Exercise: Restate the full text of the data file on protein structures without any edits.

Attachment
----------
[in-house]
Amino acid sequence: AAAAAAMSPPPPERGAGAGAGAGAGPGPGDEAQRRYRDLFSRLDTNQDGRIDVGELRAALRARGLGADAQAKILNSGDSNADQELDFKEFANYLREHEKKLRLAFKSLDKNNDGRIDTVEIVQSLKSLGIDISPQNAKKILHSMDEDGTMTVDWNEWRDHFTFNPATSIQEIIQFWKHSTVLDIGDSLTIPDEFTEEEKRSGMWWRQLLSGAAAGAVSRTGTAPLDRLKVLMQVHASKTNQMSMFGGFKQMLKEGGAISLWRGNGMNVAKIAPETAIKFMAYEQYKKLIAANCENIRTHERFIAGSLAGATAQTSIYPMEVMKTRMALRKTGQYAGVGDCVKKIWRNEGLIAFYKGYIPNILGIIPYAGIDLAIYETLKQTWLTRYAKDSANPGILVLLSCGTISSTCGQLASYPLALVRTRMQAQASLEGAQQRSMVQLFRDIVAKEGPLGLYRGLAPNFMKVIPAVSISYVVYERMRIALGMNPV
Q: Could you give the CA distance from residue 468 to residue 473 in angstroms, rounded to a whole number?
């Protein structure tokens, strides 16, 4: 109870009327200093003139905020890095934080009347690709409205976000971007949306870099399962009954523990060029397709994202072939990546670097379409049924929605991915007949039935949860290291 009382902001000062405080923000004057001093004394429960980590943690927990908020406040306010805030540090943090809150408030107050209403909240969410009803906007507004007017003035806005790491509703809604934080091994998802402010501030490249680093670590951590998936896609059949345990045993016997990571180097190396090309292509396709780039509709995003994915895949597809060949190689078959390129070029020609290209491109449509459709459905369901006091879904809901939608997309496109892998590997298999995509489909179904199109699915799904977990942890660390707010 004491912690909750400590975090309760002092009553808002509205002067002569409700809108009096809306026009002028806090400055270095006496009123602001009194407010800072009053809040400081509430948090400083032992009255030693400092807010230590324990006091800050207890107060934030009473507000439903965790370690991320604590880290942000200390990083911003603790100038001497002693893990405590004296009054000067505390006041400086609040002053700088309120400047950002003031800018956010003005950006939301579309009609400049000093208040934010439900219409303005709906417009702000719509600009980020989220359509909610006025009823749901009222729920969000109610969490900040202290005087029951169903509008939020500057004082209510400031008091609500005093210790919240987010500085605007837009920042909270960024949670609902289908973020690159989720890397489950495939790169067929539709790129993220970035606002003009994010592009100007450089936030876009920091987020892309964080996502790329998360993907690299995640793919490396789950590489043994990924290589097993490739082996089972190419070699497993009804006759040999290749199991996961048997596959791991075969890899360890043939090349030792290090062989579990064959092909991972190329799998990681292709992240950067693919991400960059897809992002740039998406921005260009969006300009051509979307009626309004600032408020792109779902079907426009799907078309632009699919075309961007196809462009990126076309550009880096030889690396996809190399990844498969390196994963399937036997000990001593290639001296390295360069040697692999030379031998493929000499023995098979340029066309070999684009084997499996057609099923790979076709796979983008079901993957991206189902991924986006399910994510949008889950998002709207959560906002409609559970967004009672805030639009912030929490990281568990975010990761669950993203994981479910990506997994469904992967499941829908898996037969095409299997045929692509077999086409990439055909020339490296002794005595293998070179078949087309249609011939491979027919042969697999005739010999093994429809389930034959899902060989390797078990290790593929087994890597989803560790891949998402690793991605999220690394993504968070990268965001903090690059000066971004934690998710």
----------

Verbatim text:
[in-house]
Amino acid sequence: AAAAAAMSPPPPERGAGAGAGAGAGPGPGDEAQRRYRDLFSRLDTNQDGRIDVGELRAALRARGLGADAQAKILNSGDSNADQELDFKEFANYLREHEKKLRLAFKSLDKNNDGRIDTVEIVQSLKSLGIDISPQNAKKILHSMDEDGTMTVDWNEWRDHFTFNPATSIQEIIQFWKHSTVLDIGDSLTIPDEFTEEEKRSGMWWRQLLSGAAAGAVSRTGTAPLDRLKVLMQVHASKTNQMSMFGGFKQMLKEGGAISLWRGNGMNVAKIAPETAIKFMAYEQYKKLIAANCENIRTHERFIAGSLAGATAQTSIYPMEVMKTRMALRKTGQYAGVGDCVKKIWRNEGLIAFYKGYIPNILGIIPYAGIDLAIYETLKQTWLTRYAKDSANPGILVLLSCGTISSTCGQLASYPLALVRTRMQAQASLEGAQQRSMVQLFRDIVAKEGPLGLYRGLAPNFMKVIPAVSISYVVYERMRIALGMNPV
Q: Could you give the CA distance from residue 468 to residue 473 in angstroms, rounded to a whole number?
């Protein structure tokens, strides 16, 4: 109870009327200093003139905020890095934080009347690709409205976000971007949306870099399962009954523990060029397709994202072939990546670097379409049924929605991915007949039935949860290291 009382902001000062405080923000004057001093004394429960980590943690927990908020406040306010805030540090943090809150408030107050209403909240969410009803906007507004007017003035806005790491509703809604934080091994998802402010501030490249680093670590951590998936896609059949345990045993016997990571180097190396090309292509396709780039509709995003994915895949597809060949190689078959390129070029020609290209491109449509459709459905369901006091879904809901939608997309496109892998590997298999995509489909179904199109699915799904977990942890660390707010 004491912690909750400590975090309760002092009553808002509205002067002569409700809108009096809306026009002028806090400055270095006496009123602001009194407010800072009053809040400081509430948090400083032992009255030693400092807010230590324990006091800050207890107060934030009473507000439903965790370690991320604590880290942000200390990083911003603790100038001497002693893990405590004296009054000067505390006041400086609040002053700088309120400047950002003031800018956010003005950006939301579309009609400049000093208040934010439900219409303005709906417009702000719509600009980020989220359509909610006025009823749901009222729920969000109610969490900040202290005087029951169903509008939020500057004082209510400031008091609500005093210790919240987010500085605007837009920042909270960024949670609902289908973020690159989720890397489950495939790169067929539709790129993220970035606002003009994010592009100007450089936030876009920091987020892309964080996502790329998360993907690299995640793919490396789950590489043994990924290589097993490739082996089972190419070699497993009804006759040999290749199991996961048997596959791991075969890899360890043939090349030792290090062989579990064959092909991972190329799998990681292709992240950067693919991400960059897809992002740039998406921005260009969006300009051509979307009626309004600032408020792109779902079907426009799907078309632009699919075309961007196809462009990126076309550009880096030889690396996809190399990844498969390196994963399937036997000990001593290639001296390295360069040697692999030379031998493929000499023995098979340029066309070999684009084997499996057609099923790979076709796979983008079901993957991206189902991924986006399910994510949008889950998002709207959560906002409609559970967004009672805030639009912030929490990281568990975010990761669950993203994981479910990506997994469904992967499941829908898996037969095409299997045929692509077999086409990439055909020339490296002794005595293998070179078949087309249609011939491979027919042969697999005739010999093994429809389930034959899902060989390797078990290790593929087994890597989803560790891949998402690793991605999220690394993504968070990268965001903090690059000066971004934690998710």